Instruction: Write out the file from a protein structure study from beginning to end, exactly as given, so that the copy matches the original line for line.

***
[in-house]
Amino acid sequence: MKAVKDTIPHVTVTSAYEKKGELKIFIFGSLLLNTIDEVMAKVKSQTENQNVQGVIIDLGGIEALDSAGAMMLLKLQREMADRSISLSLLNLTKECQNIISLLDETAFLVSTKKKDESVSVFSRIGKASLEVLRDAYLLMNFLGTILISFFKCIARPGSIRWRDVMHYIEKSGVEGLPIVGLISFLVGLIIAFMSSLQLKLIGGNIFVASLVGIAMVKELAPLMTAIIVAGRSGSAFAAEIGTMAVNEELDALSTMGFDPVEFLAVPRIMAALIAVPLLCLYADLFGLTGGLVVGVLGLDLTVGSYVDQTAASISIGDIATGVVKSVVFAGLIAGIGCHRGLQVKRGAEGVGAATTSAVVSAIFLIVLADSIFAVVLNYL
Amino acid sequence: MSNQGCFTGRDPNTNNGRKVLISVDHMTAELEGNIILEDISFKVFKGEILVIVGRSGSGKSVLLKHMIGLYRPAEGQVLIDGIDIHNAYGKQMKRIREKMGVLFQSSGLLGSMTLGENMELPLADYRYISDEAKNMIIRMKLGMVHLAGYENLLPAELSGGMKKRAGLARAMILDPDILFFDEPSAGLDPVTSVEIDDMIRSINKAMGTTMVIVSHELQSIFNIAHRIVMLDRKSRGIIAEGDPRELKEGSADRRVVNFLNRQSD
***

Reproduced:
[in-house]
Amino acid sequence: MKAVKDTIPHVTVTSAYEKKGELKIFIFGSLLLNTIDEVMAKVKSQTENQNVQGVIIDLGGIEALDSAGAMMLLKLQREMADRSISLSLLNLTKECQNIISLLDETAFLVSTKKKDESVSVFSRIGKASLEVLRDAYLLMNFLGTILISFFKCIARPGSIRWRDVMHYIEKSGVEGLPIVGLISFLVGLIIAFMSSLQLKLIGGNIFVASLVGIAMVKELAPLMTAIIVAGRSGSAFAAEIGTMAVNEELDALSTMGFDPVEFLAVPRIMAALIAVPLLCLYADLFGLTGGLVVGVLGLDLTVGSYVDQTAASISIGDIATGVVKSVVFAGLIAGIGCHRGLQVKRGAEGVGAATTSAVVSAIFLIVLADSIFAVVLNYL
Amino acid sequence: MSNQGCFTGRDPNTNNGRKVLISVDHMTAELEGNIILEDISFKVFKGEILVIVGRSGSGKSVLLKHMIGLYRPAEGQVLIDGIDIHNAYGKQMKRIREKMGVLFQSSGLLGSMTLGENMELPLADYRYISDEAKNMIIRMKLGMVHLAGYENLLPAELSGGMKKRAGLARAMILDPDILFFDEPSAGLDPVTSVEIDDMIRSINKAMGTTMVIVSHELQSIFNIAHRIVMLDRKSRGIIAEGDPRELKEGSADRRVVNFLNRQSD